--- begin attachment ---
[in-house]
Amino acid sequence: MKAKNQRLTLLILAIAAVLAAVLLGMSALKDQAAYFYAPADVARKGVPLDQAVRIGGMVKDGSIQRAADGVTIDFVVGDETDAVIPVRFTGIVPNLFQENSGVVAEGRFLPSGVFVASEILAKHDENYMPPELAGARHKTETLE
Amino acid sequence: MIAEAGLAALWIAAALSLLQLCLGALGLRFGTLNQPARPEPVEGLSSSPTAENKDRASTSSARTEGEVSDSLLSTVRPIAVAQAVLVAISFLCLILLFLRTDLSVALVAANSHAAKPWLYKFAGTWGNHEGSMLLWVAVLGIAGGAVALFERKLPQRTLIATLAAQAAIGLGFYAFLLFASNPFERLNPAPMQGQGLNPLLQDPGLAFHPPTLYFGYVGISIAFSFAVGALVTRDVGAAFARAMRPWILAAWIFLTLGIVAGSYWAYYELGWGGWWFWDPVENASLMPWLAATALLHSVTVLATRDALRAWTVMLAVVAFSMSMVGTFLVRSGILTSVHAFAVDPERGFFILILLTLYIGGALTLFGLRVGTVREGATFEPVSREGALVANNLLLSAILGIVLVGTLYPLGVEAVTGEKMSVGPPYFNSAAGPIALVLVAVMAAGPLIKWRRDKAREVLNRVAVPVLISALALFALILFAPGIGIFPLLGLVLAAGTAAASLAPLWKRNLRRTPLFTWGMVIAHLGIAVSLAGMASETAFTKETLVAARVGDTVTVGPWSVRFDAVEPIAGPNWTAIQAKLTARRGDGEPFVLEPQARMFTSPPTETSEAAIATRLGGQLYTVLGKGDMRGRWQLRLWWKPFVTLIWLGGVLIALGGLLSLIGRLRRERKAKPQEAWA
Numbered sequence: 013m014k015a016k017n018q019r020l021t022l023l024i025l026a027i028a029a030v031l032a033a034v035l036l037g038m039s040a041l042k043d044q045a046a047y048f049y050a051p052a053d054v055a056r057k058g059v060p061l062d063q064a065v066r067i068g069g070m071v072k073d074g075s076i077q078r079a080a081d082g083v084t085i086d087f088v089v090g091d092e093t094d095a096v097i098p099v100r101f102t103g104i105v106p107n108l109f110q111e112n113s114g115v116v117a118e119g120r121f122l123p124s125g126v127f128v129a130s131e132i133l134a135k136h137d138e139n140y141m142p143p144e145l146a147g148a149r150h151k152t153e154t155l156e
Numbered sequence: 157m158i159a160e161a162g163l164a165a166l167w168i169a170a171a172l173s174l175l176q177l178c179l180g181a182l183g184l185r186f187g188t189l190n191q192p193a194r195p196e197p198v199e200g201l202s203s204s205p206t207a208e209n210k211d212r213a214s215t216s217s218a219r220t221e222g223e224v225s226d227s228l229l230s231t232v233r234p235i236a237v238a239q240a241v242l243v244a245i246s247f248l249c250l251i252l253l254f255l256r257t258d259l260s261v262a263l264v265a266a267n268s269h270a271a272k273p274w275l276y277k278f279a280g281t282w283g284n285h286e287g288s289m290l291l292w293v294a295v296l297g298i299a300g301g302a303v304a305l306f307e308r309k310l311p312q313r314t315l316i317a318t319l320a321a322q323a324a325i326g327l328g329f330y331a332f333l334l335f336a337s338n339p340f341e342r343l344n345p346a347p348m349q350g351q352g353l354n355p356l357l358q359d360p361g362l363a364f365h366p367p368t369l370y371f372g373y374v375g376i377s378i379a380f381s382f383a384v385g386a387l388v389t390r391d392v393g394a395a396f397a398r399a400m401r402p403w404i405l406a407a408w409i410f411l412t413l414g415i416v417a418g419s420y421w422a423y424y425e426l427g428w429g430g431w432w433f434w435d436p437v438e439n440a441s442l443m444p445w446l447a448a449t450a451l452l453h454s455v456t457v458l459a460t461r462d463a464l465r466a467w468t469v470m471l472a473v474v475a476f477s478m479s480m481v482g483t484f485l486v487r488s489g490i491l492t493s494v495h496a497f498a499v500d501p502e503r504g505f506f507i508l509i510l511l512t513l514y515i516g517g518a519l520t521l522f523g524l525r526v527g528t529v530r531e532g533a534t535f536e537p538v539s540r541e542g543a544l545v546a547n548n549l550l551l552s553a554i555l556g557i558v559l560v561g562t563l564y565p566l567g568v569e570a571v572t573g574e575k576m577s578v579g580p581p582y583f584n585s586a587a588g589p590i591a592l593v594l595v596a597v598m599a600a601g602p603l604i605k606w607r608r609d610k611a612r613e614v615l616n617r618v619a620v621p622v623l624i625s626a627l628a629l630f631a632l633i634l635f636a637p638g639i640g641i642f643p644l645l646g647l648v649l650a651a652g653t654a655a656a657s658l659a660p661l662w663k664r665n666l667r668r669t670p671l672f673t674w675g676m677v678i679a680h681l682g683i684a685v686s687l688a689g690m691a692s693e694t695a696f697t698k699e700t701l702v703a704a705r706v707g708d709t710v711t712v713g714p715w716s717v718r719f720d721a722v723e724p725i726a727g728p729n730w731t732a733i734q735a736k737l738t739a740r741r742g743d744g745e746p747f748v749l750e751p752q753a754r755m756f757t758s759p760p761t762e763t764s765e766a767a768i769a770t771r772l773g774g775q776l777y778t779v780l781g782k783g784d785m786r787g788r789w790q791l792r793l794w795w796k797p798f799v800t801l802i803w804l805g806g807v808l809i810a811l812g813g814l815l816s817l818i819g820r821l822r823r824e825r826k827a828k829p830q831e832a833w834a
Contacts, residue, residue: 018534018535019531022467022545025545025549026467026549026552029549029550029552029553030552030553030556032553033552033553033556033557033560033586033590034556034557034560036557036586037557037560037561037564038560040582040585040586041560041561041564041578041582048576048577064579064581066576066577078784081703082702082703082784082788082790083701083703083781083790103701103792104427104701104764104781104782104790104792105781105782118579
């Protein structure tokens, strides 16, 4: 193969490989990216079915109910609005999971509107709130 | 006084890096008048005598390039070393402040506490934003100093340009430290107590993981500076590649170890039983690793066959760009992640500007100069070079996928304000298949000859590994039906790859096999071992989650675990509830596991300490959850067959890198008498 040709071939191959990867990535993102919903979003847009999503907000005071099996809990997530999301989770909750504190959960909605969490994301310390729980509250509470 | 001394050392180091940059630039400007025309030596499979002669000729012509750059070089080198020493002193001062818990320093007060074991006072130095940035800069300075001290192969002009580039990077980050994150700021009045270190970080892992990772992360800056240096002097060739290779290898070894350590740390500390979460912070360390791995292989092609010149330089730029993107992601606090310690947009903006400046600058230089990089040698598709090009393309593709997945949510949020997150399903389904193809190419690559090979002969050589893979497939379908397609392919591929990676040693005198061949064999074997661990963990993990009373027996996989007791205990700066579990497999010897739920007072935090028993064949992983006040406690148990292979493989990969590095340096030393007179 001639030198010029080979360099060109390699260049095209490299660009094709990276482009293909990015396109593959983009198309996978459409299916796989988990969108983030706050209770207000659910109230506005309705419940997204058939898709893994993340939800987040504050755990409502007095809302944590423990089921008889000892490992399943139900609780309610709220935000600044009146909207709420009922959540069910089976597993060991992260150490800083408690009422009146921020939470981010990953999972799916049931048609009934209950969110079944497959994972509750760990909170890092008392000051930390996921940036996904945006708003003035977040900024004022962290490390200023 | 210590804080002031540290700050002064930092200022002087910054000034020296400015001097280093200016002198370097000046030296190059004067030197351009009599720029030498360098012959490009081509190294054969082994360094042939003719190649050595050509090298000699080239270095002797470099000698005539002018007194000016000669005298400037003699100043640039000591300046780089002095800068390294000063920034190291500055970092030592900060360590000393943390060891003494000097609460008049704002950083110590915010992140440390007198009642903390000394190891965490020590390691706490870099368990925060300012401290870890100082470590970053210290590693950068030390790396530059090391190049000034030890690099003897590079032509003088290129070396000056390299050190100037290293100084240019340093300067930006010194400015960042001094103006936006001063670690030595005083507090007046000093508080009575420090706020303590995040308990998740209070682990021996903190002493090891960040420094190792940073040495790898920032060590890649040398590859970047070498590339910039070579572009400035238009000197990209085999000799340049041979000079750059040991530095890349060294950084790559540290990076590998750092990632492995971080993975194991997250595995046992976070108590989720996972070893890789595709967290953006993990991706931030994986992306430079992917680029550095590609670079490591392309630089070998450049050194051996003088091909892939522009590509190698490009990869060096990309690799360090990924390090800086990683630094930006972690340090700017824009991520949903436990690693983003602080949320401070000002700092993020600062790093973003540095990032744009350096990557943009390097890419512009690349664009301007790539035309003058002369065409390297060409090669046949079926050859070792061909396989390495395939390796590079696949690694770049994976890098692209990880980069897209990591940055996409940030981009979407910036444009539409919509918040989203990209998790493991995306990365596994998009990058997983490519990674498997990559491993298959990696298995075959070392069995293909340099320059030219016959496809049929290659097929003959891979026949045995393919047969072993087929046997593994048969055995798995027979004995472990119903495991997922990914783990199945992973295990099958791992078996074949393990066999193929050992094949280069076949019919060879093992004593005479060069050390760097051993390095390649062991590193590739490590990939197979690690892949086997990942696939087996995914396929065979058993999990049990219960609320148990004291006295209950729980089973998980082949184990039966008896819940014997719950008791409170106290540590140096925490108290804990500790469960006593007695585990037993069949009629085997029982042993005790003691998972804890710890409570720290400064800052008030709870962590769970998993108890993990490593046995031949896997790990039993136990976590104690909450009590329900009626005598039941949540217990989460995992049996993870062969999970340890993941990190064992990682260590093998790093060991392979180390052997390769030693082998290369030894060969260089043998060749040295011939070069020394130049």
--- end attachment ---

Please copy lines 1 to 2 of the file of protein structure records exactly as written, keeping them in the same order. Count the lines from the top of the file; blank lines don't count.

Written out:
[in-house]
Amino acid sequence: MKAKNQRLTLLILAIAAVLAAVLLGMSALKDQAAYFYAPADVARKGVPLDQAVRIGGMVKDGSIQRAADGVTIDFVVGDETDAVIPVRFTGIVPNLFQENSGVVAEGRFLPSGVFVASEILAKHDENYMPPELAGARHKTETLE